Mary first conceived Jesus in faith and then in the flesh, when she said “yes” to the message God gave her through the angel. What does this mean? It means that God did not want to become man by bypassing our freedom; he wanted to pass through Mary’s free assent, through her “yes.” He asked her: “Are you prepared to do this?” And she replied: “Yes.”
But what took place most singularly in the Virgin Mary also takes place within us, spiritually, when we receive the word of God with a good and sincere heart and put it into practice. It is as if God takes flesh within us; he comes to dwell in us, for he dwells in all who love him and keep his word. It is not easy to understand this, but really, it is easy to feel it in our heart.
— Pope Francis, October 12, 2013
Handmaid of the Lord
The Gospel of Saint Luke presents us with Mary, a girl from Nazareth, a small town in Galilee, in the outskirts of the Roman Empire and on the outskirts of Israel as well. A village. Yet the Lord’s gaze rested on her, on this little girl from that distant village, on the one he had chosen to be the Mother of his Son.
In view of this motherhood, Mary was preserved from original sin, from that fracture in communion with God, with others and with creation, which deeply wounds every human being. But this fracture was healed in advance in the Mother of the One who came to free us from the slavery of sin. The Immaculata was written in God’s design; she is the fruit of God’s love that saves the world.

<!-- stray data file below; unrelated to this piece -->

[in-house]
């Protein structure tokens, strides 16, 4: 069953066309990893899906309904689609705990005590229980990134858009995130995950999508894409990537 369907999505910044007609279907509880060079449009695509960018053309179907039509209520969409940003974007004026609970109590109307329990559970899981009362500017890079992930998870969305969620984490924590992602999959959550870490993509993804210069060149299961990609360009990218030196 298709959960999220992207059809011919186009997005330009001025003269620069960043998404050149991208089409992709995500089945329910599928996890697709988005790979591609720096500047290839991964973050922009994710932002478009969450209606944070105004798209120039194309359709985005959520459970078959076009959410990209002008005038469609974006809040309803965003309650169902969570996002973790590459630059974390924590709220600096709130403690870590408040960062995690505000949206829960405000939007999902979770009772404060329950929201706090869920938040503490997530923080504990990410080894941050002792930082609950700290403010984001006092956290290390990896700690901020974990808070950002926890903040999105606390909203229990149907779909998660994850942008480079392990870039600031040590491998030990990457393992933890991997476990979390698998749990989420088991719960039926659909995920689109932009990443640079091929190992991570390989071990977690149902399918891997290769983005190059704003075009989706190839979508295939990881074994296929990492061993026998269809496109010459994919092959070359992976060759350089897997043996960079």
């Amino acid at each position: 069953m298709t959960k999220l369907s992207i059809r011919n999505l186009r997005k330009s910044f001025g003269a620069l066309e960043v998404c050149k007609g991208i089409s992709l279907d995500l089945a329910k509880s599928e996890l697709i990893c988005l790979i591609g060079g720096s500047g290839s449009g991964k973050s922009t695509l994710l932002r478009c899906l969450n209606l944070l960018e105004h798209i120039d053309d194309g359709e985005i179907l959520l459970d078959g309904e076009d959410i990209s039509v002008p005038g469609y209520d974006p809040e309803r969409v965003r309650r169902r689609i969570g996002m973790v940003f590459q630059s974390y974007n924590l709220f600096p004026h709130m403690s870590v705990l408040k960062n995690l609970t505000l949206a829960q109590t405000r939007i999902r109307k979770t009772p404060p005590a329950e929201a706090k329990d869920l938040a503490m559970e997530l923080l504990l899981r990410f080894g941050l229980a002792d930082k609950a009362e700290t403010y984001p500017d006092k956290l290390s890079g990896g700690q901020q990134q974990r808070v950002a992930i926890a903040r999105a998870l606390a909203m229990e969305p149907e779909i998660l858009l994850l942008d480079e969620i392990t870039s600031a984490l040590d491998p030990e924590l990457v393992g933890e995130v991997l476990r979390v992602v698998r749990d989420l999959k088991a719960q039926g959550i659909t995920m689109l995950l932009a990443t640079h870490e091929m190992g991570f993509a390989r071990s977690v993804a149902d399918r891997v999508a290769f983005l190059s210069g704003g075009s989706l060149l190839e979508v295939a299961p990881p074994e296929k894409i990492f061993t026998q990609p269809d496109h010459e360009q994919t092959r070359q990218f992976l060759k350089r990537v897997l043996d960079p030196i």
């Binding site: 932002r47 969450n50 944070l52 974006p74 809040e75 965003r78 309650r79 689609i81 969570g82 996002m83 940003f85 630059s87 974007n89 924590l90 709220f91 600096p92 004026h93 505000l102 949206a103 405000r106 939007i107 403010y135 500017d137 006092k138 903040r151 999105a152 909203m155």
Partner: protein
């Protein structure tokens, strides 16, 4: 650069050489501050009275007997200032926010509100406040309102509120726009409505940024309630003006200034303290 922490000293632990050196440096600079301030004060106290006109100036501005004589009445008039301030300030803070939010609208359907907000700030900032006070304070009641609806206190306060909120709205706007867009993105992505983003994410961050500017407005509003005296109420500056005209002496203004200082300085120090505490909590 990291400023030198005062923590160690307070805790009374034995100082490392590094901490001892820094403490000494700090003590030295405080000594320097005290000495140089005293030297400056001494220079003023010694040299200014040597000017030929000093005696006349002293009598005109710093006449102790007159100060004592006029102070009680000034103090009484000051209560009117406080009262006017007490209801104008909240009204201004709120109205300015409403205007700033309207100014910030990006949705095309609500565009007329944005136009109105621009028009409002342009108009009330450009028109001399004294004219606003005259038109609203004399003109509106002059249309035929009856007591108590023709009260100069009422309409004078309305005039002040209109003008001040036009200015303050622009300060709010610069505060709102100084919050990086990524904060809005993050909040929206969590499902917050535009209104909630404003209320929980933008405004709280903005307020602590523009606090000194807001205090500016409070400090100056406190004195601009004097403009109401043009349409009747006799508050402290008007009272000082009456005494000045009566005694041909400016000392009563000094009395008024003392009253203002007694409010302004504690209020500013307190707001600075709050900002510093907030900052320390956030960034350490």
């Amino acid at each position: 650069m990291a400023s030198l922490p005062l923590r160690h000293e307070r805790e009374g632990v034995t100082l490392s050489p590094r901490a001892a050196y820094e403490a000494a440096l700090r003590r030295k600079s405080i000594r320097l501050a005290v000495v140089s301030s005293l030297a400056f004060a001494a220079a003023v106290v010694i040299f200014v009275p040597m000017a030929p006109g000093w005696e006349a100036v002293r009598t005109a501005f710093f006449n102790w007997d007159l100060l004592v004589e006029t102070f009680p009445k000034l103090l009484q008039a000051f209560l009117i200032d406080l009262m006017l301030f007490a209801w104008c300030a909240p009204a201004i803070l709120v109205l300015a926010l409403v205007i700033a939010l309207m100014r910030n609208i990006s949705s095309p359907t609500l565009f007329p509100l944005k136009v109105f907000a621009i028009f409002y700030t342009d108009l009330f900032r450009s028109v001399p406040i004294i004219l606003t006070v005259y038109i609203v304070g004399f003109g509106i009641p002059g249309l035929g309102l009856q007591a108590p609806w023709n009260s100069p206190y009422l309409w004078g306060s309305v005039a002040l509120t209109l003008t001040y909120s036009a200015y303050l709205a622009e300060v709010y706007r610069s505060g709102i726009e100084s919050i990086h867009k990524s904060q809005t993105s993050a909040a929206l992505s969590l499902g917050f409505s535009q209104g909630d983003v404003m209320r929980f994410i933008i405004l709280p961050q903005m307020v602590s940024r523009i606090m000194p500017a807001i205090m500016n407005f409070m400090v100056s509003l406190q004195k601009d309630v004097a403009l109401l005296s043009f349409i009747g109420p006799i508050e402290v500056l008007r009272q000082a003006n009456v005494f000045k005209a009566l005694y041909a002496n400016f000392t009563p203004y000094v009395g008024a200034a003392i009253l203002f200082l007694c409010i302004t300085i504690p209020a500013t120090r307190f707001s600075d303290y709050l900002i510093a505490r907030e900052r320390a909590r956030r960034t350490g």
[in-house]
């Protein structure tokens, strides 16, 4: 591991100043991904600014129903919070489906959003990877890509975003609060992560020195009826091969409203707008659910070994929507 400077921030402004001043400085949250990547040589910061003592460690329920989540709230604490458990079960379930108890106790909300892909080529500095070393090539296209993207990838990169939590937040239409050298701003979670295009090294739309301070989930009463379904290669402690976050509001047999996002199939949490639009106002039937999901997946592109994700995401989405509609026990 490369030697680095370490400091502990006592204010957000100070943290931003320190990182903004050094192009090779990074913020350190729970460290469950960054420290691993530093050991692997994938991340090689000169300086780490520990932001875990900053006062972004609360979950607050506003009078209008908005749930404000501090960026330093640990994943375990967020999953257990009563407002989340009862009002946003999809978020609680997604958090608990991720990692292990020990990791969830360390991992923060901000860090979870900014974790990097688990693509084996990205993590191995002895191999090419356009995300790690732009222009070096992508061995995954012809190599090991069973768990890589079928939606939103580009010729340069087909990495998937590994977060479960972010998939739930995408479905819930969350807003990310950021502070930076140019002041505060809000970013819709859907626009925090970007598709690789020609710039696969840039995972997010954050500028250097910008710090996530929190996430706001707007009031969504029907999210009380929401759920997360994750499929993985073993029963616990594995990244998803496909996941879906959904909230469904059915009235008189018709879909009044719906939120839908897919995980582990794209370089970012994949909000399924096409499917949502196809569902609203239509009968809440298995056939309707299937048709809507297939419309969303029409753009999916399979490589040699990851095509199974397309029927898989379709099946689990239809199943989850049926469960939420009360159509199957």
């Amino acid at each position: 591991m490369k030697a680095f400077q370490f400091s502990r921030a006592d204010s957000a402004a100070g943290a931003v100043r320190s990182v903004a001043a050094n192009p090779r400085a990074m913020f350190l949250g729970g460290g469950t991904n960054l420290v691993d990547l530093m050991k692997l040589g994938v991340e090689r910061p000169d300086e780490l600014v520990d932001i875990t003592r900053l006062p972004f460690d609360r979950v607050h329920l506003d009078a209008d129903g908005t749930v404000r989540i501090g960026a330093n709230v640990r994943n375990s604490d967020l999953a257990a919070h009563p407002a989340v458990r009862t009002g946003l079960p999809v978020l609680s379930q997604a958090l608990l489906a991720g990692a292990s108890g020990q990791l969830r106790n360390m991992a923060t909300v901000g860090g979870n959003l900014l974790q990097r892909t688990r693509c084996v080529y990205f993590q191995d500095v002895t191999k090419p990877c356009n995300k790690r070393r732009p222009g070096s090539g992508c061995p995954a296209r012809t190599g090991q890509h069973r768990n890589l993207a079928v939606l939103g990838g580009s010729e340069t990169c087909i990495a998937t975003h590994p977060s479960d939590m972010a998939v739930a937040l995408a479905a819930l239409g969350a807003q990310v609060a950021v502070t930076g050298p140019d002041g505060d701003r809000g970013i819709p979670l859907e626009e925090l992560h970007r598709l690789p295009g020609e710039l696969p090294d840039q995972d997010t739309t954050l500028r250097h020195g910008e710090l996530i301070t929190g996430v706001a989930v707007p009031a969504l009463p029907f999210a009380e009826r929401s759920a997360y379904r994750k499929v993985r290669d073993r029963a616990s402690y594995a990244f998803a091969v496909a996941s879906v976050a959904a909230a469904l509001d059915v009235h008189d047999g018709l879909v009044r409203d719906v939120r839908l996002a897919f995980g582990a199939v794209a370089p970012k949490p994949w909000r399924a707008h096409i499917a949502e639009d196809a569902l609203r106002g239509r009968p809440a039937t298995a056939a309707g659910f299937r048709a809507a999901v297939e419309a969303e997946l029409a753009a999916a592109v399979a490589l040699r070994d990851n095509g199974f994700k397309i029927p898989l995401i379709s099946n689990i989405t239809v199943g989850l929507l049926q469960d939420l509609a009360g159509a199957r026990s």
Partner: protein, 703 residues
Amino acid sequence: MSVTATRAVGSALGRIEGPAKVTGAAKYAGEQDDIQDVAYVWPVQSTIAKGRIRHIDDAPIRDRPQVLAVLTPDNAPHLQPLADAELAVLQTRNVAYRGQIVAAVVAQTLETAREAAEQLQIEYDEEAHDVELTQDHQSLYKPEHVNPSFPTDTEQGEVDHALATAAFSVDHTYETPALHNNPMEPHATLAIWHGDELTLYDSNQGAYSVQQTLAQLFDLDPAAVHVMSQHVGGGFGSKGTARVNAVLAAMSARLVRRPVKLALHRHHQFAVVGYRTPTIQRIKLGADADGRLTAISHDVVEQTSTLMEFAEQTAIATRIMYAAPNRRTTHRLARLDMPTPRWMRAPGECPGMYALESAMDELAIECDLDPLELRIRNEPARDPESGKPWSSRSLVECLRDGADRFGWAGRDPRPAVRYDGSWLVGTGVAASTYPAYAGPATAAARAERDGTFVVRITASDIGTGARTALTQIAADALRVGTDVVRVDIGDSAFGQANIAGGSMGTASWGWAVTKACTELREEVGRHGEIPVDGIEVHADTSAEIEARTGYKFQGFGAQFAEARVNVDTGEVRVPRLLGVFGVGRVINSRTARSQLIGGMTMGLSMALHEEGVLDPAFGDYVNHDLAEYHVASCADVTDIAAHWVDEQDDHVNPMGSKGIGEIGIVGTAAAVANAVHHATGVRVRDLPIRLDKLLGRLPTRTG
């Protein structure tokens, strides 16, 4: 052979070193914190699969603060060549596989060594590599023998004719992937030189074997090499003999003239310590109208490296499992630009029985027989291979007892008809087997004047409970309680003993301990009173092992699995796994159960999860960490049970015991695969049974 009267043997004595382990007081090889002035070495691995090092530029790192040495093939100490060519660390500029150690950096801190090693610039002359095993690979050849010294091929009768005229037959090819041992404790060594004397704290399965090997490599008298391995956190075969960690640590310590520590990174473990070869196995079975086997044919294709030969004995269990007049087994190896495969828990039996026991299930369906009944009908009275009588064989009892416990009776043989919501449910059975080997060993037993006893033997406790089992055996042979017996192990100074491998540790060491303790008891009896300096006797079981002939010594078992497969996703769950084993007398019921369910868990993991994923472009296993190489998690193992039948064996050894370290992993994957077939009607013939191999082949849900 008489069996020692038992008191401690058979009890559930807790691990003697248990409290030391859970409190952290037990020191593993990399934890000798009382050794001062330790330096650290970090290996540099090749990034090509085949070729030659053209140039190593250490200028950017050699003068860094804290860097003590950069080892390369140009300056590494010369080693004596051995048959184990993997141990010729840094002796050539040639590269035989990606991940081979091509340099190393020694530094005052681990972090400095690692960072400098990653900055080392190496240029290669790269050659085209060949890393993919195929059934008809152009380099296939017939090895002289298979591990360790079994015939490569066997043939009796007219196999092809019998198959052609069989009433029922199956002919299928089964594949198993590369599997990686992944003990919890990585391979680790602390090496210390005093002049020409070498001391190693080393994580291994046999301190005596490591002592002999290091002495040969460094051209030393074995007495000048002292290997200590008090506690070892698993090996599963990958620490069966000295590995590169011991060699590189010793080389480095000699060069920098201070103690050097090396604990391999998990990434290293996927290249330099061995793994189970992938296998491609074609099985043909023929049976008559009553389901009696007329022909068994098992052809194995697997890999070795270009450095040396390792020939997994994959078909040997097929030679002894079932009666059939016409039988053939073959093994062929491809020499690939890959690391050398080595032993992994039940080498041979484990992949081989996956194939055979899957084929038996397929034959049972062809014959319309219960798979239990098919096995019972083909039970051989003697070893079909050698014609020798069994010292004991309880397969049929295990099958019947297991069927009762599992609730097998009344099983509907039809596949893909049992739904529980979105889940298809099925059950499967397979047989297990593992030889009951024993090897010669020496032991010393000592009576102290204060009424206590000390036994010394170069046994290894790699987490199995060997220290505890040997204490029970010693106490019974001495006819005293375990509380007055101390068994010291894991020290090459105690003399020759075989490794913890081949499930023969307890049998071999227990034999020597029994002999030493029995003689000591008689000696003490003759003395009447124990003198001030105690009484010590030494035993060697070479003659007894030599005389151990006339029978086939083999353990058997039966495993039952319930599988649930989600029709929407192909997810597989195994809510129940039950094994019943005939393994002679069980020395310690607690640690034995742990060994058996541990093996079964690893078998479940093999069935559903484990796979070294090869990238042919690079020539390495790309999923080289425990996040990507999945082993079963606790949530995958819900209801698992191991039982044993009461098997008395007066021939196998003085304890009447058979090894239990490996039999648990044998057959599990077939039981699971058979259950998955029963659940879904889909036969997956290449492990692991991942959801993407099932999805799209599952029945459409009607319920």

And Our Lady never distanced herself from that love: throughout her life her whole being is a “yes” to that love, it is the “yes” to God. But that didn’t make life easy for her! When the angel calls her “full of grace” (Lk 1:28), she is “greatly troubled” for in her humility she feels she is nothing before God.
The angel consoles her: “Do not be afraid, Mary, for you have found favor with God. And behold, you will conceive in your womb and bear a son, and you shall call his name Jesus” (v. 30,31). This announcement troubles her even more because she was not yet married to Joseph; but the angel adds: “The Holy Spirit will come upon you…therefore the child to be born will be called holy, the Son of God” (v. 35). Mary listens, interiorly obeys, and responds: “Behold, I am the handmaid of the Lord; let it be done to me according to your word” (v.38).
— Pope Francis, December 8, 2013
We Pray with Pope Francis
Mary, Mother of Jesus,
you who accepted, teach us how to accept;
you who adored, teach us how to adore;
you who followed, teach us how to follow.